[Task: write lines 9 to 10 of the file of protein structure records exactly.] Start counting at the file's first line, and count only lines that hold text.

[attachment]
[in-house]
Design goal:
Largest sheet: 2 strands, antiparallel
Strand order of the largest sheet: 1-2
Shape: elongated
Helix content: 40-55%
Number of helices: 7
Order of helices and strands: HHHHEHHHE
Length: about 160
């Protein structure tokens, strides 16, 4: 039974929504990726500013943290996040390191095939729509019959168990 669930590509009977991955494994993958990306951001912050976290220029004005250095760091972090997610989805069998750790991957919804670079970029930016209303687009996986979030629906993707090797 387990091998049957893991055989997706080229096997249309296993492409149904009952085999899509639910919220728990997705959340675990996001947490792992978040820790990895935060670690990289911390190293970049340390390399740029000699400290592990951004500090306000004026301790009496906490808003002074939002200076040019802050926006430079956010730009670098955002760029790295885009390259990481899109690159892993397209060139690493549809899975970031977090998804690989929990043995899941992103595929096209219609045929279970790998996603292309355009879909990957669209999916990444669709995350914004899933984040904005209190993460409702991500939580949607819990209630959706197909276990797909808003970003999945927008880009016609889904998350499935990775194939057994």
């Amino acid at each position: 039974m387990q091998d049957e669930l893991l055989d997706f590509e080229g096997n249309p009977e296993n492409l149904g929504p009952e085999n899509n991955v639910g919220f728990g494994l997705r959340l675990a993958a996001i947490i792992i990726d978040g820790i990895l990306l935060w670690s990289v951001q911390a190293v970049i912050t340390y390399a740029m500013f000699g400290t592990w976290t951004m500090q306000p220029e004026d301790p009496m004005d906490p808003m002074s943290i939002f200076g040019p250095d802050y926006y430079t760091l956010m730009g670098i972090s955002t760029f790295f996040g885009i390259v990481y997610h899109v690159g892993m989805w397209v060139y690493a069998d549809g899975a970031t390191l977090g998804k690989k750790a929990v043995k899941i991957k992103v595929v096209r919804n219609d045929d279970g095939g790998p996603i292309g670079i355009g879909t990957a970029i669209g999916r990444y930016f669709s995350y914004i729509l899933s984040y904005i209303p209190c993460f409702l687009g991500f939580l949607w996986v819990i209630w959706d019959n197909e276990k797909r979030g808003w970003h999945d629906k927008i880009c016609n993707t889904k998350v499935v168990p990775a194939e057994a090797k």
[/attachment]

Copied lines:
Length: about 160
């Protein structure tokens, strides 16, 4: 039974929504990726500013943290996040390191095939729509019959168990 669930590509009977991955494994993958990306951001912050976290220029004005250095760091972090997610989805069998750790991957919804670079970029930016209303687009996986979030629906993707090797 387990091998049957893991055989997706080229096997249309296993492409149904009952085999899509639910919220728990997705959340675990996001947490792992978040820790990895935060670690990289911390190293970049340390390399740029000699400290592990951004500090306000004026301790009496906490808003002074939002200076040019802050926006430079956010730009670098955002760029790295885009390259990481899109690159892993397209060139690493549809899975970031977090998804690989929990043995899941992103595929096209219609045929279970790998996603292309355009879909990957669209999916990444669709995350914004899933984040904005209190993460409702991500939580949607819990209630959706197909276990797909808003970003999945927008880009016609889904998350499935990775194939057994």